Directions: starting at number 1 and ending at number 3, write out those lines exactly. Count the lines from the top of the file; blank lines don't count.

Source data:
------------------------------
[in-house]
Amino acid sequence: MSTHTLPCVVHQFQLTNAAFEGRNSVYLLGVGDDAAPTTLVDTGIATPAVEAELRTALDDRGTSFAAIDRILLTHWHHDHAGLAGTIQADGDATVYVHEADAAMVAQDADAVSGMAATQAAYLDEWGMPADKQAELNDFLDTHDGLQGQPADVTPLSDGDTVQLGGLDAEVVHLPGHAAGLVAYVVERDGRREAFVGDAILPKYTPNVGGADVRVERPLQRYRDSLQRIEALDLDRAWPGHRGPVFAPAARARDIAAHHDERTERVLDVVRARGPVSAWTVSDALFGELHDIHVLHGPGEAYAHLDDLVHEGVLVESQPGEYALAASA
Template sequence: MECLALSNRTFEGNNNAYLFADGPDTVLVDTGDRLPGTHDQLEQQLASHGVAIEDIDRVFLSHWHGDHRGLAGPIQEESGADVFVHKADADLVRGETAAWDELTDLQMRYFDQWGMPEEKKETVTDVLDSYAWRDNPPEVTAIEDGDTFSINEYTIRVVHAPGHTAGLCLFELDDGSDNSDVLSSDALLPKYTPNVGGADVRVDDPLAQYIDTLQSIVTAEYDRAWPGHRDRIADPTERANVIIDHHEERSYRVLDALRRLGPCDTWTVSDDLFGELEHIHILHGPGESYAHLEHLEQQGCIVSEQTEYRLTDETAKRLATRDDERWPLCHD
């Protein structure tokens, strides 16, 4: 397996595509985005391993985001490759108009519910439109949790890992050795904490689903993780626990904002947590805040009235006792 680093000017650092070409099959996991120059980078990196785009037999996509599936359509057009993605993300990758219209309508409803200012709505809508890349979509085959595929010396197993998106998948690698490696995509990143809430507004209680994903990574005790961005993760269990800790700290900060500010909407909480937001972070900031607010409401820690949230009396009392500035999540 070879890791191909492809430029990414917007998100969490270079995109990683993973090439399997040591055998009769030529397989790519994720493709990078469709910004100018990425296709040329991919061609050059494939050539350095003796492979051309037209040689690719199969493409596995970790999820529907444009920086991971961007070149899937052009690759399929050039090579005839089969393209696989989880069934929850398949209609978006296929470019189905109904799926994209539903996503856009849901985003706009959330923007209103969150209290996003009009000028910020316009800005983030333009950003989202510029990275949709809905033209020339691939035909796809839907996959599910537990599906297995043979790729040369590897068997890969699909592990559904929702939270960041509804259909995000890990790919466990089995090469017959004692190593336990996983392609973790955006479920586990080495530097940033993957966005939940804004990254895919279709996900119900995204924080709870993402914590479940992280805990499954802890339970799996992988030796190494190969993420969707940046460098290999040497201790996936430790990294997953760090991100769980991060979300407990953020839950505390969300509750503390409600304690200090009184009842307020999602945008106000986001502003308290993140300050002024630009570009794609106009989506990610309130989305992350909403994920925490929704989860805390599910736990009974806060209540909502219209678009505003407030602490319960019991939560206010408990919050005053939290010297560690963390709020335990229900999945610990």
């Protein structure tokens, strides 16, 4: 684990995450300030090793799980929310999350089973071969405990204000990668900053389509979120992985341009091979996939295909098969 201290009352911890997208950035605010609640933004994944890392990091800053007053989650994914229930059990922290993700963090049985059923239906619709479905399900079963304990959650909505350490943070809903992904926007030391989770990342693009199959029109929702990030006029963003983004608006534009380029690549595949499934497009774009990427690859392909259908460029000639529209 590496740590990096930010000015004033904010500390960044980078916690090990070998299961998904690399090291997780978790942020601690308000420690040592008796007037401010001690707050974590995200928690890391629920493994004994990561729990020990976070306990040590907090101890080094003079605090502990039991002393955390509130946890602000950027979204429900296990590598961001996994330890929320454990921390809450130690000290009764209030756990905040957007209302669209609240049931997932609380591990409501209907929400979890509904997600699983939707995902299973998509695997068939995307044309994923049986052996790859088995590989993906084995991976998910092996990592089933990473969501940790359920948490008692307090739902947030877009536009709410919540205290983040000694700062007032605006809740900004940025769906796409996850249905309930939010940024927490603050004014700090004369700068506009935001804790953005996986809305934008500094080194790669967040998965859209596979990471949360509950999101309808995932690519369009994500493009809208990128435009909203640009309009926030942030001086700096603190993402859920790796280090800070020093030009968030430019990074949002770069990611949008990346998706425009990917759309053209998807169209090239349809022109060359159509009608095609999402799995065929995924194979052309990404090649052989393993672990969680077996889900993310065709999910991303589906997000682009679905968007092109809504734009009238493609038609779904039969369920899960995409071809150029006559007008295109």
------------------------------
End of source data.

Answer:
[in-house]
Amino acid sequence: MSTHTLPCVVHQFQLTNAAFEGRNSVYLLGVGDDAAPTTLVDTGIATPAVEAELRTALDDRGTSFAAIDRILLTHWHHDHAGLAGTIQADGDATVYVHEADAAMVAQDADAVSGMAATQAAYLDEWGMPADKQAELNDFLDTHDGLQGQPADVTPLSDGDTVQLGGLDAEVVHLPGHAAGLVAYVVERDGRREAFVGDAILPKYTPNVGGADVRVERPLQRYRDSLQRIEALDLDRAWPGHRGPVFAPAARARDIAAHHDERTERVLDVVRARGPVSAWTVSDALFGELHDIHVLHGPGEAYAHLDDLVHEGVLVESQPGEYALAASA
Template sequence: MECLALSNRTFEGNNNAYLFADGPDTVLVDTGDRLPGTHDQLEQQLASHGVAIEDIDRVFLSHWHGDHRGLAGPIQEESGADVFVHKADADLVRGETAAWDELTDLQMRYFDQWGMPEEKKETVTDVLDSYAWRDNPPEVTAIEDGDTFSINEYTIRVVHAPGHTAGLCLFELDDGSDNSDVLSSDALLPKYTPNVGGADVRVDDPLAQYIDTLQSIVTAEYDRAWPGHRDRIADPTERANVIIDHHEERSYRVLDALRRLGPCDTWTVSDDLFGELEHIHILHGPGESYAHLEHLEQQGCIVSEQTEYRLTDETAKRLATRDDERWPLCHD